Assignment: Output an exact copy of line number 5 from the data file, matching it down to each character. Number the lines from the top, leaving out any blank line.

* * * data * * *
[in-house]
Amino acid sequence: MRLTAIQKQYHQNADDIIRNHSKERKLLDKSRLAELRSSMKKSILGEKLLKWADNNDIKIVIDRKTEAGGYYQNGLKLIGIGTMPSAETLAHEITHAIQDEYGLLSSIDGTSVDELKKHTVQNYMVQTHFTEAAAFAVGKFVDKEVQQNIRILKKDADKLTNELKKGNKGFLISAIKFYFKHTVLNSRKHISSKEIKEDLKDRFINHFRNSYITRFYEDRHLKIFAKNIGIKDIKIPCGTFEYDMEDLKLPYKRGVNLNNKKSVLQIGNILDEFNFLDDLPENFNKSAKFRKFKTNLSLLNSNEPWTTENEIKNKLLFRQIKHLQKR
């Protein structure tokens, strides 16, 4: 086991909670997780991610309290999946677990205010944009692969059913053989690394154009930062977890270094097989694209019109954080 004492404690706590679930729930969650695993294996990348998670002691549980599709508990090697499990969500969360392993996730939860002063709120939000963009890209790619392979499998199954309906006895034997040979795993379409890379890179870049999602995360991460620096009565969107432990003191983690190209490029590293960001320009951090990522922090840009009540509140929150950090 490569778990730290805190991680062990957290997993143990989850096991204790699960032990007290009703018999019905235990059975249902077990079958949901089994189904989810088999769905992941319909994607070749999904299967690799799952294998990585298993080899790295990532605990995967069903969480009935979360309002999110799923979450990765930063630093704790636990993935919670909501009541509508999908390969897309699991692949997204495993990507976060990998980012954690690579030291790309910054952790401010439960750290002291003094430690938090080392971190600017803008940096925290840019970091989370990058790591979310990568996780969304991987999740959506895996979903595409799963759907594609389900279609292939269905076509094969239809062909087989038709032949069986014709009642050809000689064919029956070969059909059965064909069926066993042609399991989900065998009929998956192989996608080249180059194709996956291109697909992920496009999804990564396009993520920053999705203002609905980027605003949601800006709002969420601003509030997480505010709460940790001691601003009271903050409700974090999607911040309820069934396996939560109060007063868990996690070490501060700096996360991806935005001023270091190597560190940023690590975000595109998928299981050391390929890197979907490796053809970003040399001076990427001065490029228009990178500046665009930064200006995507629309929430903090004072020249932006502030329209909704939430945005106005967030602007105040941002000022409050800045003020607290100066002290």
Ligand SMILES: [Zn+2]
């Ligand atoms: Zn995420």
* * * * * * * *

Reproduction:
């Ligand atoms: Zn995420």